Of course with Ninja Theory at the helm the very least you can expect is a spectacular cinematic experience, DMC is no exception. The game is packed with cut-scenes and cinematic gameplay sequences. Some of this is enjoyable, others, not so much. As Dante’s dragged into limbo (an alternate, demonic reality) you’ll find the floors and environments collapsing around you, the effects are indeed pretty but these sequences only serve to reinforce the games linearity. This serves to you through linear corridors and pathways all too frequently, it’s a palatable component to the game but one that’s largely devoid of challenge and eventually feels like a waste of time. Unfortunately these linear sequences take the place of where prior DMC games introduced elements of exploration, no longer do you need to backtrack through environments in search of keys and other components that impede progress.  If you’re looking for an all-action experience DMC handles things better, but I felt the occasional puzzle or bout of exploration would have aided the games pacing and made the whole affair feel less linear in nature.

DMC3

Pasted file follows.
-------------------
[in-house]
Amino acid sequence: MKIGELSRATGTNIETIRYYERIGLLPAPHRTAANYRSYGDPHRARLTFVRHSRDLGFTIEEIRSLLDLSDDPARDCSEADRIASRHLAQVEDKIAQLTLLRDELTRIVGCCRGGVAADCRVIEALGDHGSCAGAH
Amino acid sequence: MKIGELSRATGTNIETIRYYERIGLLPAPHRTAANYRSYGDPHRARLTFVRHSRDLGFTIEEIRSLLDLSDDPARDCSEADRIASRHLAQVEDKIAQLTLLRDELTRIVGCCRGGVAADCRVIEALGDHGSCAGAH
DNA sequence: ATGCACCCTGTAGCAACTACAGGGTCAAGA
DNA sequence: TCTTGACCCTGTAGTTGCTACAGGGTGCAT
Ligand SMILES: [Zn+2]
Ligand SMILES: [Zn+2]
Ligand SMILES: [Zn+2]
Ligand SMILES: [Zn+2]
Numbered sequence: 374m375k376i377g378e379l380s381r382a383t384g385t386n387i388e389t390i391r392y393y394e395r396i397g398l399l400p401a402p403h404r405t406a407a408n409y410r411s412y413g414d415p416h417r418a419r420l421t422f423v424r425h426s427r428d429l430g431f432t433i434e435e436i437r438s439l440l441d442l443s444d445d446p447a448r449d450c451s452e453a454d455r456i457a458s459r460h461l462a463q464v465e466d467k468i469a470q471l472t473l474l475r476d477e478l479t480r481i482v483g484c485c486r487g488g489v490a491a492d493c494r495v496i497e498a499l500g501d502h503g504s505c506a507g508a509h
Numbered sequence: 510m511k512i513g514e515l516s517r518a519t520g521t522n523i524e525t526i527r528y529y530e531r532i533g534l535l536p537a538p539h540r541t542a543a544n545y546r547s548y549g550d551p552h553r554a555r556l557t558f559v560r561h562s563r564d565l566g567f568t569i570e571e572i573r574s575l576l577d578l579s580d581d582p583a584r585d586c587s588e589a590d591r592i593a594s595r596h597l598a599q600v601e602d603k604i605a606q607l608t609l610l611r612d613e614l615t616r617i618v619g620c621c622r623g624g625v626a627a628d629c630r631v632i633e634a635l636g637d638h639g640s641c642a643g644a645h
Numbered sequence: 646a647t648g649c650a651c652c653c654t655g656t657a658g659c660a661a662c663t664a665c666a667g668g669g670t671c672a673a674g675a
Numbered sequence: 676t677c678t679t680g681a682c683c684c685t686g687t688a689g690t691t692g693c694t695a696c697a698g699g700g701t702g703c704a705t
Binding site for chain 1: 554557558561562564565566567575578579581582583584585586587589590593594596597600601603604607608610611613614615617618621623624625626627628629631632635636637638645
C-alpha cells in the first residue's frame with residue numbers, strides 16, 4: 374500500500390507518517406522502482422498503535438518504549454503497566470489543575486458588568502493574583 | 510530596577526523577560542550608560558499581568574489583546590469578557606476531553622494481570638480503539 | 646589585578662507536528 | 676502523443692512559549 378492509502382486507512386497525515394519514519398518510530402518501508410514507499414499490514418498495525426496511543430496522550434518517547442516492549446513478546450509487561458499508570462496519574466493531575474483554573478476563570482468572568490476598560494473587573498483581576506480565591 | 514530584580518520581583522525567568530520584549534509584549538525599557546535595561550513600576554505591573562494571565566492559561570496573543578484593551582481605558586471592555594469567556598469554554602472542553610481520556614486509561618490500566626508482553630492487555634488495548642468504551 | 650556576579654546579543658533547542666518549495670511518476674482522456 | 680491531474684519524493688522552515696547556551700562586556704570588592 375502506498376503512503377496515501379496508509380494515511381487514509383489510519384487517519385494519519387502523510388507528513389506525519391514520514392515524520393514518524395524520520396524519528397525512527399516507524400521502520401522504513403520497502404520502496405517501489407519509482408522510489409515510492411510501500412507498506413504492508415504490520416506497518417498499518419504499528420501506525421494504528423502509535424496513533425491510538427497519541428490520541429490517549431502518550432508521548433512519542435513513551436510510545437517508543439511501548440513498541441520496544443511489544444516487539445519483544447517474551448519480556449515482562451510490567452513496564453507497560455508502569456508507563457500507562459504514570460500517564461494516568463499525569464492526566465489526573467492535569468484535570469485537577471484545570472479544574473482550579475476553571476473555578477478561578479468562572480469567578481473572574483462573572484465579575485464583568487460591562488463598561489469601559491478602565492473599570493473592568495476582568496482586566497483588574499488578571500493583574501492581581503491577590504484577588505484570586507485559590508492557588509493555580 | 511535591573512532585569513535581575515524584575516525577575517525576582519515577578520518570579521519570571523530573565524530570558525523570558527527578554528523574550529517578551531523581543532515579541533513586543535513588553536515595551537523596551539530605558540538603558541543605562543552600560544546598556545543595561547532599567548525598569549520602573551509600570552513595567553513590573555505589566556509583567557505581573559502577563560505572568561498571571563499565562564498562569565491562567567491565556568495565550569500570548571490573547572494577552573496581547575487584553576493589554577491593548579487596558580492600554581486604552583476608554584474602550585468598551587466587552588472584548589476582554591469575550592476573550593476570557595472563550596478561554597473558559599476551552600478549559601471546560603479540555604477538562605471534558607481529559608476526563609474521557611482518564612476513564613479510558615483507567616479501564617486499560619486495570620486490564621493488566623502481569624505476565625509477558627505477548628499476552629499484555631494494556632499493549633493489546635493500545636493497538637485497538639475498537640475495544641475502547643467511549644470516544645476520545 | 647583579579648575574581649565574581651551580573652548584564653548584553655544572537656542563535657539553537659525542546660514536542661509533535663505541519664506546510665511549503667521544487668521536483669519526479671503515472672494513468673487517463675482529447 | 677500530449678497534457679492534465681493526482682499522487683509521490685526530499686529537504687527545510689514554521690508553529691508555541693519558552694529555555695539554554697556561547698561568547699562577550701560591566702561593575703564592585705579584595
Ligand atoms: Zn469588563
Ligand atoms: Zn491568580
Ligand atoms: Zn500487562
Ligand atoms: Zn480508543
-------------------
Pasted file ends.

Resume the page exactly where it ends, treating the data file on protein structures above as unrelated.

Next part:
Naturally this is all largely irrelevant though, the hack and slash gameplay will always be the definition, and thereby measure of quality of any DMC game. Fortunately for fans, this is where DMC shines. Whilst this reboot comes with a drop in framerate (from 60 to 30) the game looks smooth. Not quite as much as DMC games prior but the drop in frames isn’t significant enough to effect the gameplay negatively to any significant degree. Mechanically the game features distinct differences to prior DMC games, the circle button is now dedicated button for launching enemies into the air. As a result the games aerial combos are much more accessible than they once were, you don’t need to be particularly talented to juggle an enemy infinitely in the sky. The games learning curve has been largely removed due to the simple fact that the game controls better than prior DMC games, fundamentally; mechanically most of what made DMC great is still intact. There’s an abundance of flexibility added to the combos available as you can access Dante’s alternate angel and demon weapons with L2 and R2 at any time during gameplay.